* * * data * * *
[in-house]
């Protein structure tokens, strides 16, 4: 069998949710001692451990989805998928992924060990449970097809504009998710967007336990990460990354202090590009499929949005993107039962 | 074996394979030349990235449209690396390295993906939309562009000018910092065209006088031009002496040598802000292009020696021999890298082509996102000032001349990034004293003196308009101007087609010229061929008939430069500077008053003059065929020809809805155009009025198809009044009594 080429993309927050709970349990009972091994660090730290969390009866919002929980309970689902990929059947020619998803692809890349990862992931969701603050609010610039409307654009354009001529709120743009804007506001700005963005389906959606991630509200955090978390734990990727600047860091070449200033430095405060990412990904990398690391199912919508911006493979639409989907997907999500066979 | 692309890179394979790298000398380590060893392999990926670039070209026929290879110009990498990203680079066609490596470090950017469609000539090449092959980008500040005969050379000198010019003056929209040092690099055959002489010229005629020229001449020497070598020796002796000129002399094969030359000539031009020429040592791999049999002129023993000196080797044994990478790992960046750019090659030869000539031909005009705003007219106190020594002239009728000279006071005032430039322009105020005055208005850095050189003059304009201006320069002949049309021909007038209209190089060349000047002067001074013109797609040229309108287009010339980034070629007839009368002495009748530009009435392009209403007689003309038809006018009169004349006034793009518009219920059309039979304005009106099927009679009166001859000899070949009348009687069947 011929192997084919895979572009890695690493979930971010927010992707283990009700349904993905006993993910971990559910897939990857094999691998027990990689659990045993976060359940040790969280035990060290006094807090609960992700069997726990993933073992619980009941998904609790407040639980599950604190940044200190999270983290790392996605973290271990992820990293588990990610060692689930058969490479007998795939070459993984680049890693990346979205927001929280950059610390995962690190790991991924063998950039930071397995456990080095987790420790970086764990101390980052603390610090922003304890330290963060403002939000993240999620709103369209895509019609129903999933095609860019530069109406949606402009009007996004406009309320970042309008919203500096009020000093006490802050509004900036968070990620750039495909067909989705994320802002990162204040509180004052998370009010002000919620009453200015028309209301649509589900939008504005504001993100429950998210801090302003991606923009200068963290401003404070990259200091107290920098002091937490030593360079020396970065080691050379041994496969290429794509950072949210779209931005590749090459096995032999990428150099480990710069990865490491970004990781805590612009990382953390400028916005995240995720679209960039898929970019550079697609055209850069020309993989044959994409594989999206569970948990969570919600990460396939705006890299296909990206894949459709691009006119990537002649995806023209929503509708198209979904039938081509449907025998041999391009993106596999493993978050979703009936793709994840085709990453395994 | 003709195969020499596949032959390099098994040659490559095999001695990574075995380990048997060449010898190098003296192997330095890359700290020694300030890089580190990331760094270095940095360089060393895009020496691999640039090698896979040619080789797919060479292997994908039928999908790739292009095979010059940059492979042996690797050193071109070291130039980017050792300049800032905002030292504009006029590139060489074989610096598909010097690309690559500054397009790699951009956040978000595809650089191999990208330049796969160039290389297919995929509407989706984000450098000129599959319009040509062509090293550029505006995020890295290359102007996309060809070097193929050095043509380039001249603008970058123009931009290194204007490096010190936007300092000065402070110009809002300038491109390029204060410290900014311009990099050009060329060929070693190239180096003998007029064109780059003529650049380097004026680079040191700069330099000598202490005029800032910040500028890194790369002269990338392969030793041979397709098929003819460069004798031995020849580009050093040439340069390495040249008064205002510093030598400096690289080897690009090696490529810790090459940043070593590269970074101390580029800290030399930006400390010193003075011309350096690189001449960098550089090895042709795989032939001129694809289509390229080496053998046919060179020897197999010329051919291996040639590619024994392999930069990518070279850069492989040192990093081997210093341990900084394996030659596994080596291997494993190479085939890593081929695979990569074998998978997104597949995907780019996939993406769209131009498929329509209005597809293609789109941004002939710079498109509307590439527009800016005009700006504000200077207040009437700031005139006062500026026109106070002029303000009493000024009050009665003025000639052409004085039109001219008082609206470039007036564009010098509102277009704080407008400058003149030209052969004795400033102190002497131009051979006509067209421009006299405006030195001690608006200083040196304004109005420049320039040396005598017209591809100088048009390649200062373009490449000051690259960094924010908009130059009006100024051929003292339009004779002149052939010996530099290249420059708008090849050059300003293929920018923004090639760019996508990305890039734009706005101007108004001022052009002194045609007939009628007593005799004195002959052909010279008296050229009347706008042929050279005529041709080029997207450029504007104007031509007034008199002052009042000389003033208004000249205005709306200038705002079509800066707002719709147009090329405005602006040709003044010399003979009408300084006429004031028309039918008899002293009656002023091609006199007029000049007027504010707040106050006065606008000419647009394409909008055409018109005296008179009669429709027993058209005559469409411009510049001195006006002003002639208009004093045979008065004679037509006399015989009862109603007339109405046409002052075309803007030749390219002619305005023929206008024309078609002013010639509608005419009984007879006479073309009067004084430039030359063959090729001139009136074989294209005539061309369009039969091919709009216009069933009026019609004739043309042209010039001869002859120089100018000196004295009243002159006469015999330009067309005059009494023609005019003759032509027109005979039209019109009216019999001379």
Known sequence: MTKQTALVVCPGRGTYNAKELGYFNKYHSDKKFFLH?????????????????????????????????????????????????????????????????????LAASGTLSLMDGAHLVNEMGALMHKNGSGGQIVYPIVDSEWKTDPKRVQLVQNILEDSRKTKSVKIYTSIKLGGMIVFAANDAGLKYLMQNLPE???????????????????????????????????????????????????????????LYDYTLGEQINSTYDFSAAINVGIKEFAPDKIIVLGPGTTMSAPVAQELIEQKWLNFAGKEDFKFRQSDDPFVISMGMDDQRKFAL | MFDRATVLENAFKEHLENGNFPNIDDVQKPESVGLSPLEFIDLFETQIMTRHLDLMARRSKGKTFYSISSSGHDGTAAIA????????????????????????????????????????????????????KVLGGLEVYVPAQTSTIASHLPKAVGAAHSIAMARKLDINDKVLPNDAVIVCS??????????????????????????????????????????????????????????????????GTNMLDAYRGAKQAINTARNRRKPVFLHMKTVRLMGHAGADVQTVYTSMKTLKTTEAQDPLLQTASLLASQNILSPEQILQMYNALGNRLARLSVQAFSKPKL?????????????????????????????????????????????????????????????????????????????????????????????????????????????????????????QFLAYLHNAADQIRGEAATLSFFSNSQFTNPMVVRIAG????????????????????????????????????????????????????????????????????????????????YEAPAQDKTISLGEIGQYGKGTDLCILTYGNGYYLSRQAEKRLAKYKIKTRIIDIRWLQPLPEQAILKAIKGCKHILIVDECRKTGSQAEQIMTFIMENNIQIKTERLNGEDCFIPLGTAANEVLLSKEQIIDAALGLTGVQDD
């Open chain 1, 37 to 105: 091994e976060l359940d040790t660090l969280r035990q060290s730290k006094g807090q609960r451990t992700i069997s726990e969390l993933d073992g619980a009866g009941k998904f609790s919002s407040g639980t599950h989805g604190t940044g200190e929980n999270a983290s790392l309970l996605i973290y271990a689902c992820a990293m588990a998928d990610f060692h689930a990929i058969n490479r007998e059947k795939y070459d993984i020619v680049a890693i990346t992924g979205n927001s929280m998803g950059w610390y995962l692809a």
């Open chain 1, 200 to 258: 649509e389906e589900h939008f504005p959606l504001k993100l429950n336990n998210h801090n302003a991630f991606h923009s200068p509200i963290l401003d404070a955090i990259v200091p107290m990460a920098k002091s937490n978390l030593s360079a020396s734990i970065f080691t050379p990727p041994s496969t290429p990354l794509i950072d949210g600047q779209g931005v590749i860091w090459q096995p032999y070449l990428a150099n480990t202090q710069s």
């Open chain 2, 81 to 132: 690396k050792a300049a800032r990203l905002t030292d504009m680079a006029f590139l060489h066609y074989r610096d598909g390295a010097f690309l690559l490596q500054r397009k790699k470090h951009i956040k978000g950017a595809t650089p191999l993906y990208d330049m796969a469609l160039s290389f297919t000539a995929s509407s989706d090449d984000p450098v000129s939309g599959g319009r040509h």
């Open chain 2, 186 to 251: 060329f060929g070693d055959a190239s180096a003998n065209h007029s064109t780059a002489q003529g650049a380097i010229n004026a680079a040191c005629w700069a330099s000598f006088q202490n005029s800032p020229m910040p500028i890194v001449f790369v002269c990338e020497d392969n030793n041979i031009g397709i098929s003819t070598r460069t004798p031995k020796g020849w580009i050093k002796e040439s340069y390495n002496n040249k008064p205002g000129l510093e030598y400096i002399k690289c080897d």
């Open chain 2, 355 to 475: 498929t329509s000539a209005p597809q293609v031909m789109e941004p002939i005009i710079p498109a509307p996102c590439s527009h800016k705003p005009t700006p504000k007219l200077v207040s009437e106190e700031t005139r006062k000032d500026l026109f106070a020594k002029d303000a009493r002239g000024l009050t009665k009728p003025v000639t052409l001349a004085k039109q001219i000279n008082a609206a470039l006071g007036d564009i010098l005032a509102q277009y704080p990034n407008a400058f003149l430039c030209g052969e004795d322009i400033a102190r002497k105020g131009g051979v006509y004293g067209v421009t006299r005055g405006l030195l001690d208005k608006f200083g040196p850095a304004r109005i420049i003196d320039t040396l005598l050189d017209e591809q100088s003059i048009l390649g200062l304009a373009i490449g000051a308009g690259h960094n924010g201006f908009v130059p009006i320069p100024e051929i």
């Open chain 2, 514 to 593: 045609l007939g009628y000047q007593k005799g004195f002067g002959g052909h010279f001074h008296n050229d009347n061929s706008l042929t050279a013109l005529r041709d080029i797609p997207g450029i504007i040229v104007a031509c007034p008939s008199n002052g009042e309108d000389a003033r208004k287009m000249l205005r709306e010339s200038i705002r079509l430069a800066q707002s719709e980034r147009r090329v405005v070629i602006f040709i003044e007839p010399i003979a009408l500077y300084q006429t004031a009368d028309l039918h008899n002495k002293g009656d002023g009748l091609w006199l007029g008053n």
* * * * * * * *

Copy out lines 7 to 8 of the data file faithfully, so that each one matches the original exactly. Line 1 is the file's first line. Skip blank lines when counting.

């Open chain 2, 186 to 251: 060329f060929g070693d055959a190239s180096a003998n065209h007029s064109t780059a002489q003529g650049a380097i010229n004026a680079a040191c005629w700069a330099s000598f006088q202490n005029s800032p020229m910040p500028i890194v001449f790369v002269c990338e020497d392969n030793n041979i031009g397709i098929s003819t070598r460069t004798p031995k020796g020849w580009i050093k002796e040439s340069y390495n002496n040249k008064p205002g000129l510093e030598y400096i002399k690289c080897d």
């Open chain 2, 355 to 475: 498929t329509s000539a209005p597809q293609v031909m789109e941004p002939i005009i710079p498109a509307p996102c590439s527009h800016k705003p005009t700006p504000k007219l200077v207040s009437e106190e700031t005139r006062k000032d500026l026109f106070a020594k002029d303000a009493r002239g000024l009050t009665k009728p003025v000639t052409l001349a004085k039109q001219i000279n008082a609206a470039l006071g007036d564009i010098l005032a509102q277009y704080p990034n407008a400058f003149l430039c030209g052969e004795d322009i400033a102190r002497k105020g131009g051979v006509y004293g067209v421009t006299r005055g405006l030195l001690d208005k608006f200083g040196p850095a304004r109005i420049i003196d320039t040396l005598l050189d017209e591809q100088s003059i048009l390649g200062l304009a373009i490449g000051a308009g690259h960094n924010g201006f908009v130059p009006i320069p100024e051929i």